Short version: TypeScript is not type safe.
After all this hard work, you’re still vulnerable to the pitfalls and failures of TypeScript. The following code should not pass a type check because
HTMLCollection in Gecko and
NodeList for every other browser engine:
[js]var foo:NodeList = document.getElementsByTagName("*");[/js]
However, we can still make the test pass simply by adding type annotations to the DOM and signifying to the compiler that
getElementsByTagName always returns
NodeList for simplicity’s sake. Unfortunately, that creates a false sense of security, and we’re stuck with scenarios which lead the programmer to expect the following code to return
[js]document.getElementsByTagName("*") instanceof NodeList[/js]
The above will return
true in every other browser but Gecko-based browsers (namely, Firefox) because, once again, Mozilla insists
HTMLCollection should be returned as defined in the specification. The plot thickens and the programmer is now writing code and using the methods of
NodeList which result in runtime
TypeErrors. In most cases, bugs like this can be fixed, but Mozilla has filed this bug as WONTFIX for the aforementioned reason:
If Mozilla wanted to fix it, they would have fixed it in 1999 (when the bug was first filed).
Nevertheless, even in a perfect world where this were consistent across all web browsers, it doesn’t address the underlying problem: there are too many inconsistencies across browsers, too many edge cases leaving a language/compiler perpetually in the “beta” stage, and there is just enough infighting and disagreement amongst browser vendors to prevent the building of a solution that’s robust and enterprise-ready.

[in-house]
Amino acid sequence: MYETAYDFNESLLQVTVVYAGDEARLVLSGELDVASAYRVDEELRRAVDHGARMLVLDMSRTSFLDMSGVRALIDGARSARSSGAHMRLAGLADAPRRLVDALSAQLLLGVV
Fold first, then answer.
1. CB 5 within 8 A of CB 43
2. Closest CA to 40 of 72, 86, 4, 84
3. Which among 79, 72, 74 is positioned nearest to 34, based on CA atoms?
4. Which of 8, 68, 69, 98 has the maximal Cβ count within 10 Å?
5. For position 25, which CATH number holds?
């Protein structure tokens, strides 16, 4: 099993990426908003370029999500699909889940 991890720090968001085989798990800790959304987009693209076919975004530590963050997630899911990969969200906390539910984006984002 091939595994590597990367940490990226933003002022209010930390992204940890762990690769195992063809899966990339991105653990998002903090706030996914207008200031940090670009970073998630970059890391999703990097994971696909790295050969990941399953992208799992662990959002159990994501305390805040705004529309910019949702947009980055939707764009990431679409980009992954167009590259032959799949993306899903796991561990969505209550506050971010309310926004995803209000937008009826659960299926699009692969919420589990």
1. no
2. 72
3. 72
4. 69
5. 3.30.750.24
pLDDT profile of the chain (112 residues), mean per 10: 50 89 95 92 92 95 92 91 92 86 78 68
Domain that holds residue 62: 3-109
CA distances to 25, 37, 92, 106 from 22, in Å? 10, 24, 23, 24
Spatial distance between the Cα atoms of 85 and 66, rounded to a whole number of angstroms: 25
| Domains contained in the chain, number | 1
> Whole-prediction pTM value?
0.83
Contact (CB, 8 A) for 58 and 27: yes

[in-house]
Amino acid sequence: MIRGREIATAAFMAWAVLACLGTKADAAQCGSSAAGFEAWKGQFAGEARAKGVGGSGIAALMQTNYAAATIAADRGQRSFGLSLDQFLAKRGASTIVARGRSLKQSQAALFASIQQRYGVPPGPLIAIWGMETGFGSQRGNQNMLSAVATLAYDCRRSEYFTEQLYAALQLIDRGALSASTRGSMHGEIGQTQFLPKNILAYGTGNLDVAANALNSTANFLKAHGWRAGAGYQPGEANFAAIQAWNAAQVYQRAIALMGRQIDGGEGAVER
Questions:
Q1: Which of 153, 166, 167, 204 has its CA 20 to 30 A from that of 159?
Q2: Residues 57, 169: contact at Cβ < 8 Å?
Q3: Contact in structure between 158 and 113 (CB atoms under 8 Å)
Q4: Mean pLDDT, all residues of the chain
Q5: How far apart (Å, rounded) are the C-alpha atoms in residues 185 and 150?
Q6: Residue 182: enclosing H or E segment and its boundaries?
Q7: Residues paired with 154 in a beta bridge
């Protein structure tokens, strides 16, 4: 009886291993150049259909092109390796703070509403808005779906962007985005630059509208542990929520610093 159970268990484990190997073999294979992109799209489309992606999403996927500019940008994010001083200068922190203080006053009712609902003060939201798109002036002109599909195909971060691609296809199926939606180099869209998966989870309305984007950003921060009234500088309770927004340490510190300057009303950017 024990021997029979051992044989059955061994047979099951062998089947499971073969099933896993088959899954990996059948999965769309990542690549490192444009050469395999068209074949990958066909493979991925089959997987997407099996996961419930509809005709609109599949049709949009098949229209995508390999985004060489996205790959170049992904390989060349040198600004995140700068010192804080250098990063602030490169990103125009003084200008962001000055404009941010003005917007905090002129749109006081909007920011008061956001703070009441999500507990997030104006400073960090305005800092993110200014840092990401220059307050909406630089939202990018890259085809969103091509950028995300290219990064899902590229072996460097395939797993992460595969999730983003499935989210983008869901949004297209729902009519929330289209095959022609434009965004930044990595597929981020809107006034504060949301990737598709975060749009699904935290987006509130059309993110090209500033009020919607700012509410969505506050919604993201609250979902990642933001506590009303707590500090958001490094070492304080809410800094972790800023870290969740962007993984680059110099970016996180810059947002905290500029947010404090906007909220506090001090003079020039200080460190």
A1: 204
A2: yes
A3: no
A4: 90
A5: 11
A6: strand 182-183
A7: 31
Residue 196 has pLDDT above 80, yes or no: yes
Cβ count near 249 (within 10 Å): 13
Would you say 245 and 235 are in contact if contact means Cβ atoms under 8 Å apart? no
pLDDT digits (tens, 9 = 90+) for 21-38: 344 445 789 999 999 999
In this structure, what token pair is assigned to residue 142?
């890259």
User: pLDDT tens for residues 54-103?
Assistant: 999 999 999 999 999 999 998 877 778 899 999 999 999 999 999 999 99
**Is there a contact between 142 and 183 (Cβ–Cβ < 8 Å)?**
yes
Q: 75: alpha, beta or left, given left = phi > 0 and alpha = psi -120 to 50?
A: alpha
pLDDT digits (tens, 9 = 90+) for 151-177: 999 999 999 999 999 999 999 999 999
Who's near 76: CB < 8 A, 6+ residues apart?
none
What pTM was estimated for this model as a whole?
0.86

Static type checkers only check types at compile time; they do not simulate or evaluate code. Therefore, it’s impossible to distinguish a
NaN. In JS++, when you want an
int, you get an
int, and not a number of type
Microsoft TypeScript can be downright dangerous because it gives you a false sense of security, which is worse than having no security at all. I’m surprised Microsoft allowed their brand to be associated with this. Anders Hejlsberg has my highest respect; I began as a programmer on Delphi 3, and I learned C# when it first came out and fell in love with it. I’m all too familiar with how Gates personally recruited him to join Microsoft. However, he is not the right person for this job because he simply does not have the requisite experience to draw upon to create the best possible developer experience.